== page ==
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Nashua Telegraph Newspaper Archive: December 19, 1969 - Page 1

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Publication: Nashua Telegraph

Location: Nashua, New Hampshire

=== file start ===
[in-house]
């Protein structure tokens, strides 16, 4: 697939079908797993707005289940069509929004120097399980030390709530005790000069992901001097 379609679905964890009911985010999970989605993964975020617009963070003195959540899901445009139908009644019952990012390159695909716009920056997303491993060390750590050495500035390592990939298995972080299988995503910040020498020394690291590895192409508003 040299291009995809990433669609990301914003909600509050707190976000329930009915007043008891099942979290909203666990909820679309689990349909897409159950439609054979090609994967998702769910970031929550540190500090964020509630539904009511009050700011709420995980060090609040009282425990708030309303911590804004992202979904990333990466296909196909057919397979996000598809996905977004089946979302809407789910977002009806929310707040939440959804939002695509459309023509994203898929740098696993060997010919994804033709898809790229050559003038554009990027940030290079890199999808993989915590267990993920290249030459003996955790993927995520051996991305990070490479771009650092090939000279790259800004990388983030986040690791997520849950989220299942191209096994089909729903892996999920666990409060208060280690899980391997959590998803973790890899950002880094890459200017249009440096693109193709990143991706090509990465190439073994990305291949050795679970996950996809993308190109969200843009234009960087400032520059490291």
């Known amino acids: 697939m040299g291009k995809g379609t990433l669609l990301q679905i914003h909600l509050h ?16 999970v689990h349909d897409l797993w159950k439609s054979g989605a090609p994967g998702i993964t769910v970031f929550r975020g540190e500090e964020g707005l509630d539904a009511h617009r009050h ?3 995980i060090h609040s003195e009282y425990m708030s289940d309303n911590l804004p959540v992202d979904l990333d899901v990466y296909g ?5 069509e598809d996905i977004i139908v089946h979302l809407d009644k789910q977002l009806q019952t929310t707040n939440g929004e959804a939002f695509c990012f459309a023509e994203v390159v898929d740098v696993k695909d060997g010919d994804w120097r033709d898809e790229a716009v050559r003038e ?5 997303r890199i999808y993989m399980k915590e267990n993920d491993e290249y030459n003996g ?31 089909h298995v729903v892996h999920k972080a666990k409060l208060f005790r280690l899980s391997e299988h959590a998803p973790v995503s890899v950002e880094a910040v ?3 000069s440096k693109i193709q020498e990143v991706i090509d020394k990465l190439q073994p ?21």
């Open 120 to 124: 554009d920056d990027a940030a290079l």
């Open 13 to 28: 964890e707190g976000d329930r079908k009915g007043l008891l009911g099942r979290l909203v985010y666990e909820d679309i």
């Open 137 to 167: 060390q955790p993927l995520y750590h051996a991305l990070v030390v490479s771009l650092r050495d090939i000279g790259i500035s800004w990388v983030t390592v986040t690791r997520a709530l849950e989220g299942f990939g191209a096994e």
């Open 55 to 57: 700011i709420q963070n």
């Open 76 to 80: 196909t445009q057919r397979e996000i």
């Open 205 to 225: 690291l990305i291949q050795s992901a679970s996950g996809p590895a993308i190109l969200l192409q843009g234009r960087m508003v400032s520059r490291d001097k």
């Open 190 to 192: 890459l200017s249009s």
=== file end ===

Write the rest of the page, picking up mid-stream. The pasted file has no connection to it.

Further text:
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   Nashua Telegraph (Newspaper) - December 19, 1969, Nashua, New Hampshire                                Help Needy At Christmas With Santa Fund Donation Today's Chuckle OM truck drivers never just don't make the grade. Nashua Weather Cloudy, Cold Tonight Little Change Saturday New Hampshire's Largest Evening Newspaper VOL. 101 NO. 247 Continuing the New Hampshire Telegraph Established October 20, 1832 NASHUA, NEW HAMPSHIRE, FRIDAY, DECEMBER 19, 1969 Second Class Postage Paid At Nashua, N. H. 28 PAGES Price TEN CENTS Gradual Boost; to Group Agrees To Hike Income Tax Exemption Sprague Employes A donation by the Sprague Elec- tric Employes Benefit Fund gave the Telegraph Santa Fund a big boost today. It was the largest single donation to date. At the presentation were, seated: Roland Michaud head of the Telegraph Boosf Santa Fund accounting department; and Myron Walch, secretary of the Sprague Benefit Fund committee; standing, left to right; Edward J. Noel, fund Irene Roy, Dorothy McCarthy and Lucille Fitzpatrick, members of the committee. In Gifts Raise Santa Fund To By MICHEU3 BUJOLD The by: Jl.052.33 today to a total of the Fund a tre- mendous bijpst was the Employes Benefit Fund of Sprague Electric which has been the largest single donor since the Fund was es- tablished. This year, their gift amounted to once again topping everyone who has donated thus far. Also pushing the Fund's total upwards was the Salvation Army's advisory board, which practices what it preaches, with a donation of Help less Fortunate The advisory hoard contribute was accompanied by a letter which said in part: "The advisory board of the Salvation Army gratefully recognizes the Santa Fund as a vital means of ex- pediting the compassionate min- istry of our local corps in as- sisting the less fortunate. En- closed is our. donation in the amount of 1200. many thanks." Many of the donations the Santa Fund receives are accompanied by letters, notes and cards. A recent contribution was accom- panied by a unique poem, en- titled "Merry Christmas." It was written by Ed Goodwin. "I'm happy to give this little gift, If it will give some child a lift, If it brings happiness, or a smile I consider it worth my while, And maybe it is just because I still believe in Santa Claus." Area youth and children are still coming in strong with their contributions. Three of them, Anne-Marie, Paul and Michael, broke open their piggy banks and made the Santa Fund richer by ?3 worth of pennies. Cover Neighborhood The "Lucky a 4-H group, collected in the Searles Estates neighborhood and yielded Members include Beth MscGregor, president; Wendy Treble, secretary; Debbie Chap- man, treasurer; Peggy Scoville, project chairman; Susan Gustaf- son, social chairman; Janet Kary, reporter; Deborah McGee, Anita Longan, Sue Brothers, Betty Kud- felt and Susan Chasse. The leader of the group is Mrs. Kay McGee. Current donations include toys from Termite and Tiger; food from the Kinder Kollege Kinder- garten and toys from an anony- mous donor and the Lucky Lepre- cons. Also: Anonymous 2.00 Employes of the Bank of New Hampshire, National Asso- ciation 122.00 Nashua Public Library Staff 35.00 SANTA FUND Page 14 By JOE HALL WASHINGTON (AP) Senate House tax reform conferees have reached tentative agreement on a relief package that includes a boost in the personal in- come tax exemption from to More To Do The conferees worked hours until 3 o'clock this morn- ing and still didn't quite finish their work on the entire tax re- form bill, but conference chair- man Rep. Wilbur D. Mills, D- Ark., said there was no doubt action would be completed to- day. It was understood the relief package decided on as the last major compromise between the widely differing House and Sen- ate versions provided: increase in the exemp- tion to starting next July. This would be coupled with a low income allowance to help poor families and an in- crease in the standard deduc- tion from the present 10 per cent with a ceiling to 13 per cent with a ceiling. personal exemption for all of 1971, with a low- income allowance, and a stand- ard deduction of 14 per cent and a ceiling. 1972 and thereafter, a personal exemption, with a low income allowance and a standard deduction of 15 per cent with a ceiling. The conferees also were re- ported to have agreed to accept the across-the-board 15 per cent increase in Social Security bene- fits of the Senate bill. But they did not go along with the minimum monthly pay- ment for an individual which that measure also included. President Nixon had objected to the 15 per cent boost.. But the. House voted for it unanimously Monday in a separate bill. The low income allowance, which may be deducted from in- come in figuring taxes, will remove about 5 million poor families from the tax rolls en- tirely. Reject Cuts The conferees rejected entire- ly the cuts in all tax bracket rates voted by the.House in fa- vor of giving general relief through an increase in the per- sonal exemption, the form fa- vored by the Seriate. However, the Senate had vot- ed for an exemption by 1971, a figure which along with the Social Security benefit boost, had brought on threats of a veto by President Nixon. Thus the conferees moved to meet, his objections in part by holding the exemption to .and delaying. the; final-effective date to 1972. It was reported that Sen. Al- bert Gore, author of the tax relief package in the .Senate bill, was highly pleased with the agreement. In spite of his prediction that the conference work would end today, Mills said it was almost certain the compromise version of the bill could not be acted on in both branches until Monday. It was also understood the conferees finished work on vir- tually all of the dozens of re- form provisions in the bill aimed at tax loopholes. Board Asked To Postpone Rezoning Bids Vetoes Can Slow Congress In Its Race for Adjournment By JOHN LENGEL WASHINGTON (AP) Con- gress raced toward Christmas adjournment today along a path of, appropriations and tax bills posted here and there with pres- idential veto warnings. Debate and vote carried late into Thursday night while mes- sengers trundled the work of one chamber along the corridor to the other. Congressmen went from the floor to conference room and back again. President Nixon unexpectedly said he would veto the present billion Health Education and Welfare Department appro- priation as inflationary. Meanwhile, both Houses passed and sent the billion defense money bill to the White House with a ban on use of U.S. troops in Laos and Thailand. The Pentagon had asked some billion. Remain On Job Conferees remained at work on the mammoth tax reform bill mindful of presidential displeas- ure with its increased exemp- tion feature. Another House-Senate confer- ence was tackling the billion foreign aid bill. A tough coal mine safety bill was sent to the President de- spite Republican warnings of a veto because of a provision for federal payments to victims of black lung disease. The Senate defeated 52-37 the Labor so-called Philadelphia plan, intended to increase Negro employment at federally financed construction projects. The bill has another chance in conference. ADJOURNMENT Page 14 By CLAUDETTE DUROCHER The aldermanic planning com- mittee has recommended indefi- nite postponement for the pro; posed reaming of Kessler Farm on Amherst Street, except for a parcel fronting on Cotton Road. Also recommended for indefi- nite postponement is the proposed rezoning of .a 25-acre tract on Lund and Caldwell'Roads. The measures will, return to the Board of Aldermen Tuesday right for final Alderman Donald L. Ethier, planning committee chairman, said the committee last night recommended that the Kessler Farm rezoning be Jailed in view of the new zoning code being drawn for the entire city. The new zoning map, he said, will provide for rezoning in the Kess- ler Farm area. Explains Delay A temporary delay in rezoning of the 300-acre farm, except for the Cotton Road parcel, Ethier said, would enable the city to in- tegrate the proposed zoning with the overall rezoning to be con- sidered for the area. It would also provide for less arbitrary boundary delineations. between various zones proposed for adoption in that area, hi said. The parcel fronting on Cotton Road, will be rezoned from Subur- ban to Light Industrial, he said, because this is the same zoning which the new citywide zoning ordinance will call for. At present, the farm is zoned Suburban except for a strip about 200 feet wide fronting on Amherst Street which is zoned General Business. The rezoning proposal would have rezoned the Suburban por- tion of the farm to Light Indus- trial, General Business and C Multiple Residence to allow tin construction of manufacturing plants, a shopping center and apartment houses. Planning Board members are currently reviewing a draft of the new city zoning map pro- posed by Metcalf Eddy, plan- ning consultants of Boston. But the revised code will not be ready for adoption by the aldermen un- til next year. The Lund-Caldwell Roads pro- posal would have rezoned a B Residential tract to C Multiple Residential to allow the construc- tion of garden apartments. REZONING Page 14 Christmas Shopping in City Picks Up By MARSHA CLEMENT Nashua merchants are beset with long hours, aching feet and puzzled gift-seekers, hi these five remaining shopping days until Christmas. But, according to a telephone pol., it will all be worth- while, since local Santas are spreading their business so widely that all of the city's storekeepers seem set for a prosperous holiday season. A few downtown merchants said that the volume of sales in their (tores is "a little off from last year." However, a comprehensive poll taken by Clifford Colquitt of we Chamber of Commerce showed that the majority of downtown stores is enjoying a sales volume "much in line with last year." Colquitt reported that one down- town department store has even broken its year-round record, and had its "biggest day in years" last Saturday. Jason Elias, manager of the Nashua Mail, says that all 30 stores in that complex have been doing "an excellent business." Elias estimales that the daytime shoppers have numbered around while evening store hours draw twice as many customers, telephone poll, it will all be worth- The Mall's parking lot accom- modates cars, and Elias ar- rives at his estimate by scanning the lot, and then figuring an aver- age of two persons per car. Bookstores polled by the Tele- graph said that their volume of sales indicate that it will be a somewhat intellectual Christmas for all ages. The News Card Shop on West Pearl Street re- ported that "business is better than last year they're buying And, the Paperback Booksmith hi the Mall has had its major run in children's hard back books, and fiction for all ages. Dr. Seuss stories and poetry collections for youngsters have been particular favorites. Mad Coat Demands Many a teen-age miss is apt to find a maxi coat under the tree. All stores which carry the long coats said that the demand has been very heavy, and Woolco's SHOPPING Page 14 '70 Chevrolets CARS TRUCKS Daily Rentals as low as per day Call Dick 888-1121 MacMulkin Chevrolet NASHUA MALL IS OPEN EVERY MIGHT TIL 10 P.M. NOW TIL CHRISTMAS FOREST RIDGE Amherst St. 101-A Nashua, N.H. Now renting I, 2 3 Bedroom Apartments with air conditioning and carpeting Agent on premises Call 883-7752 OPEN DAILY WEEKDAYS NOON TO SEVEN CLOSED THURSDAYS LOCATED DEEP AMID TREES ON Route 101 -A at Turnpike Exit 7W Another First Hartford Realty Corporation Community NASHUA'S ONLY FACTOBT AUTHORIZED DEALER SKI-DOO SW-Doo Suits Boot! Trailers Sleds Accessories Parts Nashua Auto Co. Outdoor Recreation Center 282 Main Street, Nashua, N. H. TONIGHT IN THE TELEGRAPH Abby Anderson Classifieds 25, 26, Comics Crossword Editorial Financial Horoscope Lawrence 19 II Nashua Scene 4 Chief Tracy Mulls Truck Ban Obituaries Sports 2 J. 21 Suburban 12, 13 22 4 Sulzburger Taylor Television !3 Theaters 23 Dr. Thosteson tl Weather 2 As an oil truck crosses the deteriorat- ing Taylor's Falls bridge in the back- ground, Nashua Police Chief Paul J. Tracy and Frank Lindh Jr., traffic en- gineer for the State Department of Public Works and Highways, discuss ways to stop heavy trucks from using the span. Tracy said that keeping a man to guard the approach for a year and a. half, 24 hours a day, would cost the city about Nashua and Hudson authorities discussed the problem today. 5% DAILY INTEREST COMPOUNDED QUARTERLY ON 90 DAY NOTICE ACCOUNTS AT NASHUA TRUST COMPANY LIGGETT REXALL DRUG STORE Open daily 9 P.M. This Sunday only... from 10 A.M. to 6 P.M. 10% Off on gift items Gift Wrapped Free! Siffloneau Plata Nashua CUSTOM PICTURE FRAMING FRAME IT FOR CHRISTMAS Nashua Wallpaper Co. 1J9 W. Pearl St. Mon. thru Sat. Open Thurs. til I FUEL OIL SAVE MORE With LORDEN OIL CO. INC SKKVISG NASHUA AHD SURROUNDING TOWNS 465-226? NOTICE Fm no longer associated witk MacMulkin CberroJet or Mae- Mulkin Cbtvway.